• Established in 2008, the Pacific Coast Collaborative (PCC) is a cooperative agreement among the leaders of Alaska, British Columbia, California, Oregon, and Washington to leverage clean energy innovation and low-carbon development to reduce the effects of climate change on the regional economy. Together, the PCC jurisdictions are comprised of 53 million residents, with a total GDP of $2.8 trillion, which is equal to the 5th largest economy in the world (France). Through the PCC, leaders from participating jurisdictions can coordinate, propose, and adopt policy frameworks aimed at generating investments in renewable energy, climate resilience, low-carbon transportation infrastructure, and environmental conservation. On Oct. 18, 2013, the group signed the Pacific Coast Action Plan on Climate and Energy, a nonbinding agreement to align climate regulations and market-based measures in each jurisdiction. The plan calls for a harmonized approach to U.S. and international climate negotiations, and each jurisdiction has agreed to participate in a subnational coalition to secure a broader climate agreement at Conference of Parties to the UNFCCC in Paris in 2015.

Initiatives that no are no longer being pursued: 

Midwestern Regional Greenhouse Gas Reduction Accord

  • The Midwest Greenhouse Gas Reduction Accord (MGGRA) was a commitment launched in 2007 by the governors of six Midwest states and the premier of one Canadian province to reduce greenhouse gas emissions through a regional cap-and-trade program and other complementary measures. Members of MGGRA are not currently pursuing their greenhouse gas goals through the Accord. 

View a map of state climate initiatives to see if your state is involved in a regional initiative.

Why State Action is Important

  • States often function as “policy laboratories,” developing initiatives that can serve as models for federal action. This has been especially true with environmental regulation -- many of the most prominent federal environmental laws have been based on state models.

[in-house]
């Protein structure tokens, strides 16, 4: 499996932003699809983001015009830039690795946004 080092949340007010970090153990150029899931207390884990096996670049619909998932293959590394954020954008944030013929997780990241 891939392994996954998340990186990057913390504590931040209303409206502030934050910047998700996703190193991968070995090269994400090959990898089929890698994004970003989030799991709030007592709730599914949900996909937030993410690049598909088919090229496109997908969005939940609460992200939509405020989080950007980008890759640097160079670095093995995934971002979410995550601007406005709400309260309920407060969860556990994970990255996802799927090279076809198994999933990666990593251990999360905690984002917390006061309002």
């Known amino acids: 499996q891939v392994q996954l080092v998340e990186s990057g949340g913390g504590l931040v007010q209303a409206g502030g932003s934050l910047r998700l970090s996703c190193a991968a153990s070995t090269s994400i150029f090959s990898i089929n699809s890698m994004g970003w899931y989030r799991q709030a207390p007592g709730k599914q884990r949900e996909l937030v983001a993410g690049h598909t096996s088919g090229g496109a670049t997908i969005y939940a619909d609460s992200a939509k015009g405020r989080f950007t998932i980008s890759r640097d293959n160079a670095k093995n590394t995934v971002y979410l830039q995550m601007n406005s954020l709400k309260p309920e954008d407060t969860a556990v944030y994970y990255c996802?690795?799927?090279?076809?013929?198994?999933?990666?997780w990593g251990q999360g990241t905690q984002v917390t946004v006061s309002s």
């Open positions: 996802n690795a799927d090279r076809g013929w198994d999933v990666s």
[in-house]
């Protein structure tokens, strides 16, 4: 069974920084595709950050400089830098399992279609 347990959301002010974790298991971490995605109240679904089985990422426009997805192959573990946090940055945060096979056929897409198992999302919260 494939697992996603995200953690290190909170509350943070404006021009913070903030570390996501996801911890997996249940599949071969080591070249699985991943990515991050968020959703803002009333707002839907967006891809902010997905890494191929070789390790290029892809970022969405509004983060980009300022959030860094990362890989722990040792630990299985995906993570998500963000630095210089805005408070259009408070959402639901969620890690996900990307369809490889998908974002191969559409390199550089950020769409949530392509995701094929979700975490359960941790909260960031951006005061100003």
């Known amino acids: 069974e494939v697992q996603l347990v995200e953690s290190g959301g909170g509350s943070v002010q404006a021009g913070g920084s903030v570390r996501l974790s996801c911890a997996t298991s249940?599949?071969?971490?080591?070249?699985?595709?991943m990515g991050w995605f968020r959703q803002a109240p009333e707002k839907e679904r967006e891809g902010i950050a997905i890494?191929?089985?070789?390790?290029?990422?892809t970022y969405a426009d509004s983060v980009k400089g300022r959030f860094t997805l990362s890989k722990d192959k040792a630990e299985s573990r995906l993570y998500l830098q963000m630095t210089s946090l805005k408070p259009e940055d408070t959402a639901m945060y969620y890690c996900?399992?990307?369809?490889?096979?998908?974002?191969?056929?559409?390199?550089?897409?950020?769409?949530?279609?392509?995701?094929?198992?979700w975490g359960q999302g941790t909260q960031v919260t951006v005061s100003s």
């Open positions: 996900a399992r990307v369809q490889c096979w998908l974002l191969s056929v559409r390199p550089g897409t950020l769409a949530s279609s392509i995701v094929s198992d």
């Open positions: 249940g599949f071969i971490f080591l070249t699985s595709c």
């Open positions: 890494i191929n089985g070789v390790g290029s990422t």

• States have primary jurisdiction over many activities—such as electric generation, agriculture, and land use—that are critical to addressing climate change. These activities have a significant impact on emissions. Texas, for example, emits more than France, while California’s emissions exceed those of Brazil. 

Motivation for State Action 

  • States that enact climate change policy almost always do so with long-term economic wellbeing in mind. Many states are concerned with the toll climate change is projected to take on their economies, many of which are closely tied to their natural resources. Coastal states consider the impact of rising sea levels, agricultural states worry about lost productivity, and the dry Western states are alarmed by the prospect of worsening droughts.
  • Many states take advantage of policies that address climate change as economic opportunities: to produce and sell alternative fuels, to become renewable energy exporters, to attract high-tech business, or to sell carbon emission reduction credits. 
  • In part because reducing GHG emissions can deliver multiple benefits, it has often been possible for states and regions to build broad coalitions around GHG reduction policies. Climate change has, in fact, often been a bipartisan issue in the states, with Democratic, Republican, and Independent governors signing climate change legislation.

Learn more about the actions states are taking to address climate change at C2ES's U.S. States & Regions Climate Action page